Leblanc (musical instrument manufacturer)

Logo of Leblanc

Leblanc, Inc. was a musical instrument manufacturer based in Kenosha, Wisconsin. 2004 saw the firm sold to Conn-Selmer, a division of Steinway Musical Instruments, by its chairman, president and CEO Leon Pascucci, son of one of the founding partners, Vito. Leblanc has now ceased to exist as an independent operation and has become a brand of Conn-Selmer along with their many other brands.


G. Leblanc Cie. was a French company founded by Georges Leblanc late in the 19th century, in La Couture-Boussey. In 1904 the company acquired Noblet, the oldest instrument manufacturer in France. In 1945, Léon Leblanc (1900-2000) met Vito Pascucci(1922-2003), then on duty as the instruments manager and repair technician for the Glenn Miller US Army Air Force Orchestra. Pascucci and Miller had discussed opening a musical instrument distributing company and importing instruments after the war. The idea lived on with Pascucci after Miller died, and he was scouting potential suppliers. He and Leblanc reached an agreement. They founded the G. Leblanc Corporation in Kenosha, Wisconsin in 1946.[1]

In addition to the G. Leblanc Cie. products, the G. Leblanc Corporation started importing saxophones from the French firm Beaugnier, branded "Leblanc." Leblanc's most distinctive saxophones at the time were its Model 100 and 120 "System" saxophones, the latest iteration of instruments designed by G. Leblanc since the early 1930s to alleviate acoustic problems inherent in the standard Sax key system and offer more fingering choices.

Leblanc broadened its product line and distribution with the acquisition of several other companies: the Frank Holton Company (manufacturer of brass instruments) in 1964; the Bublitz Case Company, manufacturer of musical instrument cases in 1966; the Woodwind Company (manufacturer of woodwind mouthpieces) in 1968; and the Martin Band Instrument Company (brand rights and distribution network for brass instruments and saxophones) acquired from the Wurlitzer Corporation in 1971.

Yanagisawa saxophones were first marketed by Leblanc in the late 1960s under the Leblanc and Vito brands, and the Martin brand after 1971, prior to their distribution under Yanagisawa's own name. In 1981 Leblanc became the exclusive marketer and distributor of Yanagisawa products in the United States and Canada.

In 1989 the American Leblanc firm acquired majority interest in G. Leblanc Cie. and took over its management.

The Vito brand

Beginning in 1951, the American Leblanc firm went on to manufacture student model clarinets under the Vito brand, named after its American partner. The bores were produced at Vito's new facility and the hardware was supplied by Leblanc. Vito brass instruments were sourced from Holton, which later was acquired by Leblanc in 1964.

After briefly sourcing its Vito saxophones from Holton, Leblanc imported Beaugnier saxophone parts to be assembled in Kenosha and sold under the Vito brand. By the late 1950s, Vito saxophones were also assembled from parts supplied by the Art Best Manufacturing Company facility in Nogales, Arizona, with some differences from the Beaugnier designs. The two series of Vito saxophones are referred to as Vito-France and Vito-Kenosha. The most distinctive model from this period was the Vito Model 35, with a key system based on the Leblanc "system" design.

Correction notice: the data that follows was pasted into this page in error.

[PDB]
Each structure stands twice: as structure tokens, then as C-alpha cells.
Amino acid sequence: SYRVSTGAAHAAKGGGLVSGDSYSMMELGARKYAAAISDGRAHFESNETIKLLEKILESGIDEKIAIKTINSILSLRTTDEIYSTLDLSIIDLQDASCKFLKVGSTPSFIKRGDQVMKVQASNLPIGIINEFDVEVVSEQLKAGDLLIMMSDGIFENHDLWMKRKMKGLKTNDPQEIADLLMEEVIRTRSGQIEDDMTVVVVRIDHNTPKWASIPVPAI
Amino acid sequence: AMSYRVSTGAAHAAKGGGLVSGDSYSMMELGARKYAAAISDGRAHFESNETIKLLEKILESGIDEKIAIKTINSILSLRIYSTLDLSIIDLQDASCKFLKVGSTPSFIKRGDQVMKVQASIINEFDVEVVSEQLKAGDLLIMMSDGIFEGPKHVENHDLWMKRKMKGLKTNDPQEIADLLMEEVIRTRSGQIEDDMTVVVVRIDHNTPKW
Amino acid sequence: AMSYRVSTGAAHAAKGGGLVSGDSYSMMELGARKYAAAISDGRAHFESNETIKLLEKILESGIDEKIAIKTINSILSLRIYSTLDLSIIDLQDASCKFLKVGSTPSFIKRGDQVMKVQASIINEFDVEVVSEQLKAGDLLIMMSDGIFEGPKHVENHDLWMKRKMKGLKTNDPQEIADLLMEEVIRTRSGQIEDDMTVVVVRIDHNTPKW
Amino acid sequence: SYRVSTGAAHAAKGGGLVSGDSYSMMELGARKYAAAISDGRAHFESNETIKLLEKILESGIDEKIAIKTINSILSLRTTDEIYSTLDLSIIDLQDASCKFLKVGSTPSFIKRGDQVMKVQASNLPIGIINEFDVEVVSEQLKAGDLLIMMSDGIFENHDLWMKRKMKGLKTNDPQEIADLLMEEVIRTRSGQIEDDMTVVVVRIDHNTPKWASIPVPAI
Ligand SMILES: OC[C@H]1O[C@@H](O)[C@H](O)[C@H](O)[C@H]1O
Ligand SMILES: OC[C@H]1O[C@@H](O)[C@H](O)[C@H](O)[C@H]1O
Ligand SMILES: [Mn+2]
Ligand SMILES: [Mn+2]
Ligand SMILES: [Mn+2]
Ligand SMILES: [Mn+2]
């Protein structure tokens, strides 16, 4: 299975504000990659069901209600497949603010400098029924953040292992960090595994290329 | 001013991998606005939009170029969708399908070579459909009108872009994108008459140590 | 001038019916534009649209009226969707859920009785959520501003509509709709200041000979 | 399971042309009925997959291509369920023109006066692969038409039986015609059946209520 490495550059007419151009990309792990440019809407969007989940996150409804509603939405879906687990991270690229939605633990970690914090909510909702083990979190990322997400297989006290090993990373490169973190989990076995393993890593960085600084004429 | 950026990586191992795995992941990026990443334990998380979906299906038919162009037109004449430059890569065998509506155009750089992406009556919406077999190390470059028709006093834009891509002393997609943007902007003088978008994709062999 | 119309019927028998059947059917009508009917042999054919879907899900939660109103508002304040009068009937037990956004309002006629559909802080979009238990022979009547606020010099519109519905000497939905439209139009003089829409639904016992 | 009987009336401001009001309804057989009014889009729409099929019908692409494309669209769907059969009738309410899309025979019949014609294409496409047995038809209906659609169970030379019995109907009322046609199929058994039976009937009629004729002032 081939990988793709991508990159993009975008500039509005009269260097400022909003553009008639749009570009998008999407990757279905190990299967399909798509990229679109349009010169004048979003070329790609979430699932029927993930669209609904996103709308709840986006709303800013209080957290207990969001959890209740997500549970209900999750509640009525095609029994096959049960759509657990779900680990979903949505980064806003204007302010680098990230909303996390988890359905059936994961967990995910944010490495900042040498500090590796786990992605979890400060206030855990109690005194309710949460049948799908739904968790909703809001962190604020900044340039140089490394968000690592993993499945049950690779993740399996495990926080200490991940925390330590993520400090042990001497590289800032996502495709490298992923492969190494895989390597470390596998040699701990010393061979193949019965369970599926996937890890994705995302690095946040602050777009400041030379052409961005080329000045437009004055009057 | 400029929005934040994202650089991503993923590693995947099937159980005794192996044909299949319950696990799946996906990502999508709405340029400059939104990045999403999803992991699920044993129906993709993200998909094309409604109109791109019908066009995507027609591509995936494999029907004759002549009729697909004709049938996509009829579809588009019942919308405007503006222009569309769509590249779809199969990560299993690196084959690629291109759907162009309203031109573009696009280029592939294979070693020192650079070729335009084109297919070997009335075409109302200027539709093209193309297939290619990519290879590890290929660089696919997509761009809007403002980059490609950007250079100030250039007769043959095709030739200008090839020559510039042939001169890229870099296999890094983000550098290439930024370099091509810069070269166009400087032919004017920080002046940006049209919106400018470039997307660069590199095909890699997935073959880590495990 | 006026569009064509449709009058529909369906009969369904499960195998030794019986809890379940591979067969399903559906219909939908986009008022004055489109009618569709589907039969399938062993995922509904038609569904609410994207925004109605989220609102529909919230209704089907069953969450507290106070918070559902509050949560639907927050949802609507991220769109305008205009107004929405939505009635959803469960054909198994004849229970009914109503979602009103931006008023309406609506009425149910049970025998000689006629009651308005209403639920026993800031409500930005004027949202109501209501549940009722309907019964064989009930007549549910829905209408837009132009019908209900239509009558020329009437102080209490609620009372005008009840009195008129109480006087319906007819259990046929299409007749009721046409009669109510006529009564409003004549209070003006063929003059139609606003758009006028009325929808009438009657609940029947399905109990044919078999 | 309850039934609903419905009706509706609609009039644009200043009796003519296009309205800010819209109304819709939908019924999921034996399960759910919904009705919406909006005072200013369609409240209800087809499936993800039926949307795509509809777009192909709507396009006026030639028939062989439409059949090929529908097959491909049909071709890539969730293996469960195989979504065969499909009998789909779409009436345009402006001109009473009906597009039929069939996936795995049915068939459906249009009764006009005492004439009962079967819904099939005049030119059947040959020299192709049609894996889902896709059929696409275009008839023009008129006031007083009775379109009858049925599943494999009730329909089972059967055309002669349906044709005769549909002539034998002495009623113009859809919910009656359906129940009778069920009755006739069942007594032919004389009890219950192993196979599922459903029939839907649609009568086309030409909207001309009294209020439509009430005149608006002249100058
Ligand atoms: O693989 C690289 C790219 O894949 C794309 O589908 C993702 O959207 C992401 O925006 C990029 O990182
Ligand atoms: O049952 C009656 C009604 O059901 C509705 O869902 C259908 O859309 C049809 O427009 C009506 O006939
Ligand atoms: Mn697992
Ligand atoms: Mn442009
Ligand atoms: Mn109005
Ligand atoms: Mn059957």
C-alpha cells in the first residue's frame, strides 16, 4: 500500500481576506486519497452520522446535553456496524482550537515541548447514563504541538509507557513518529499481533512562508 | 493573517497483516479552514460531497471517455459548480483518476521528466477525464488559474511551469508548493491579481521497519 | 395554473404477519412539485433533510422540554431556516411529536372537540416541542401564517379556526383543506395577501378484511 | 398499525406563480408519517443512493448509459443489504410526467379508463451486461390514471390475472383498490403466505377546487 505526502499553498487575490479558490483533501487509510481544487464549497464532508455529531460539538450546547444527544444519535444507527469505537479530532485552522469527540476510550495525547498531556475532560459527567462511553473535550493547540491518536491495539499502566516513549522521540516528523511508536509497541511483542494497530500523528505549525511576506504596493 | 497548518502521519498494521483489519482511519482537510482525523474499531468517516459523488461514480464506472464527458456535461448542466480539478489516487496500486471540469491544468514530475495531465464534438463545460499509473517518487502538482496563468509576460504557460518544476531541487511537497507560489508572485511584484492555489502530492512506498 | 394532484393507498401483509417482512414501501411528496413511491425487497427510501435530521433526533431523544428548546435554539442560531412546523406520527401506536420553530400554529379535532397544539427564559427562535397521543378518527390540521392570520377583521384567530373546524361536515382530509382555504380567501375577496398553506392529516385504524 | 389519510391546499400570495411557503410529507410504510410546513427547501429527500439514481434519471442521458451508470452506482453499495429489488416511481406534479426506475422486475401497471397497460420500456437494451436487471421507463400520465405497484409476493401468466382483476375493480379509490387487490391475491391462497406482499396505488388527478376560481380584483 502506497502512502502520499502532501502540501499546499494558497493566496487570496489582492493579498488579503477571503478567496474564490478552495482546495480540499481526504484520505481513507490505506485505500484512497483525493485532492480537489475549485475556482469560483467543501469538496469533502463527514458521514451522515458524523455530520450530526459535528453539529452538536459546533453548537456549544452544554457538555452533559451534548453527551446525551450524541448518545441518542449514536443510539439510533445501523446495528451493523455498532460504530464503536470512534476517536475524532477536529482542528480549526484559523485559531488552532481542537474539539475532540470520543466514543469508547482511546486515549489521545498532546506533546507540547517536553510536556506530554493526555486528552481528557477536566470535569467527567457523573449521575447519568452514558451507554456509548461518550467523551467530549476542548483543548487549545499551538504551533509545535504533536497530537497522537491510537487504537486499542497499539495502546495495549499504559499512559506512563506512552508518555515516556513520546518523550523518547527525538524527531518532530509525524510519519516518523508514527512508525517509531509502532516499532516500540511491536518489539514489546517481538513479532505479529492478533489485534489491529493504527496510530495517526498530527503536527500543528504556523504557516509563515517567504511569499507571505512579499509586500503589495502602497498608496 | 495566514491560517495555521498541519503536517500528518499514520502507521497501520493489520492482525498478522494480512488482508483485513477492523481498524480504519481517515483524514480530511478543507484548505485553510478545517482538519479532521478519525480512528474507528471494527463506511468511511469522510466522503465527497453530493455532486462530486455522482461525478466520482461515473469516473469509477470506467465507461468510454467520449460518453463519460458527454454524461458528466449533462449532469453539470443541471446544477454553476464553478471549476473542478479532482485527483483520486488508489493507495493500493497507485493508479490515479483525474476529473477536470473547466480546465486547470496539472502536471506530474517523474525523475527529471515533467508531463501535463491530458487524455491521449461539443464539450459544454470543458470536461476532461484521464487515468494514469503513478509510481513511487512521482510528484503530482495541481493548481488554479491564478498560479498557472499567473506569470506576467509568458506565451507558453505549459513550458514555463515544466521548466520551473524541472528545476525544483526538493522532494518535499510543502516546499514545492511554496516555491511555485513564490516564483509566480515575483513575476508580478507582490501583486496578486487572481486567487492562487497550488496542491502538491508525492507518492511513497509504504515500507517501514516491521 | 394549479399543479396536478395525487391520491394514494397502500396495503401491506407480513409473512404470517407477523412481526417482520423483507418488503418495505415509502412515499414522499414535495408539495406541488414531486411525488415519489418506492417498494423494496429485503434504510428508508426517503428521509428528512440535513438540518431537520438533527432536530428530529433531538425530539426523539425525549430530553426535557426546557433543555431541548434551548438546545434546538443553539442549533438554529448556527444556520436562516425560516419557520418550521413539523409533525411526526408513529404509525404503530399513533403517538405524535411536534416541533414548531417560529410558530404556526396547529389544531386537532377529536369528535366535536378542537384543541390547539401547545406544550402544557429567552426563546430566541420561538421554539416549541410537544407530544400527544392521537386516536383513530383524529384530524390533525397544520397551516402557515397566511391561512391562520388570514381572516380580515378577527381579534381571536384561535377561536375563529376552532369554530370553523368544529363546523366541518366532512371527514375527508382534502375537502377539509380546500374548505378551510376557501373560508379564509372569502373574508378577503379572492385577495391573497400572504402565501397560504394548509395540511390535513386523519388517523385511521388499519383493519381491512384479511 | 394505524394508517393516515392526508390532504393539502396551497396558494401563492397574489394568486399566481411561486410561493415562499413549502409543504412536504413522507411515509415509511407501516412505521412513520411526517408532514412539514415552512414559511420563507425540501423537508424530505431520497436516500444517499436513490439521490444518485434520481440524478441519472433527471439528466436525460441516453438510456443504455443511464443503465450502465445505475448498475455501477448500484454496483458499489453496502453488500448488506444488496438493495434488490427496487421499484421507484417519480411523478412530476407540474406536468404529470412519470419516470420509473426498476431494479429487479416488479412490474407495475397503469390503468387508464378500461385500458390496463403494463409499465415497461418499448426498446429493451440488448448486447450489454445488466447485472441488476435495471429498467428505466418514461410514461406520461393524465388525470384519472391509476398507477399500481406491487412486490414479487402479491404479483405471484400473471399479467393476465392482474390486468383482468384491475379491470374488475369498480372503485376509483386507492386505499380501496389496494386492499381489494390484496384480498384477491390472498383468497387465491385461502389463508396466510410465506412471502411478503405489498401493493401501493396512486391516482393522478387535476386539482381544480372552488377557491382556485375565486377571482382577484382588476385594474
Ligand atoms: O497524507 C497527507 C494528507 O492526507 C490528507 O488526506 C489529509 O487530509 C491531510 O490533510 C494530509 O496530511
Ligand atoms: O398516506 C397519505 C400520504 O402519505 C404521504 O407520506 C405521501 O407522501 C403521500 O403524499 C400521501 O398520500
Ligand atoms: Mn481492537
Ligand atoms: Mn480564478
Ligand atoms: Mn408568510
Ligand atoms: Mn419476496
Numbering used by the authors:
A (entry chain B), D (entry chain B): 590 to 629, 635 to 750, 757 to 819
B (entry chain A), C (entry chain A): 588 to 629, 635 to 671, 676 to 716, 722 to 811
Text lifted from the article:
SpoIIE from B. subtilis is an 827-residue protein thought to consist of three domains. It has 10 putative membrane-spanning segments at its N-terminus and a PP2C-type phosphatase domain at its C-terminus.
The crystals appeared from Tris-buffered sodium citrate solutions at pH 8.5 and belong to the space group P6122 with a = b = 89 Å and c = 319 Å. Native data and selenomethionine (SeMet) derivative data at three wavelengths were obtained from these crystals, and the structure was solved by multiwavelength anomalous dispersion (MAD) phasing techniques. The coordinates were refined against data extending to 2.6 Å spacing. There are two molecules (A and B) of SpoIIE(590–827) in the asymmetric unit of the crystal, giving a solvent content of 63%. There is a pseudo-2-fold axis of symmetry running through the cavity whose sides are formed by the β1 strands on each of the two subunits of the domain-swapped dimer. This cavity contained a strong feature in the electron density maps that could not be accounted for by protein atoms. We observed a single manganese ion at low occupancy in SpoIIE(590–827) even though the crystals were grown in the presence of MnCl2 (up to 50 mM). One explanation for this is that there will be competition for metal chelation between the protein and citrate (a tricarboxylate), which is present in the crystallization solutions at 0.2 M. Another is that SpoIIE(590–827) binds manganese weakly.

During the late 1960s Leblanc started sourcing saxophone parts from Yamaha for the Vito-Kenosha line, producing saxophones with both American and Japanese parts. As the decade came to a close Leblanc introduced the Vito-Japan line, consisting of alto and tenor saxophones from Yamaha (7131 models), and soprano, alto, and baritone saxophones from Yanagisawa (VSP models).

Leblanc added the KHS company of Taiwan as a source for Vito saxophones in 1981. The KHS versions were sold as models 7133, 7136, 7140, and 7190.

The Vito line of saxophones was discontinued in 2002, although the equivalent models continued to be made by Yamaha and KHS (Jupiter). The Vito line of brasswinds was discontinued in 2007.

Sale and reorganization

The company was sold on 1 August 2004 to Steinway Musical Instruments, followed by closure of the Kenosha facility and the movement of their French operation to the US. Leblanc's French clarinet plant was sold to the Buffet Group in 2008 [2]


Holton (brass instruments) Martin (brass, woodwinds) Leblanc (woodwinds) Vito (student brass and woodwinds) Woodwind (accessories)

Current products

Leblanc brand is currently manufacturing one model of Bb Clarinet, an intermediate model named the L210. It was designed in collaboration with Leblanc artist Julian Bliss. They also manufacture a plastic Alto, Bass, Contra Alto, and Contrabass clarinet and a wooden Bass Clarinet.


External links

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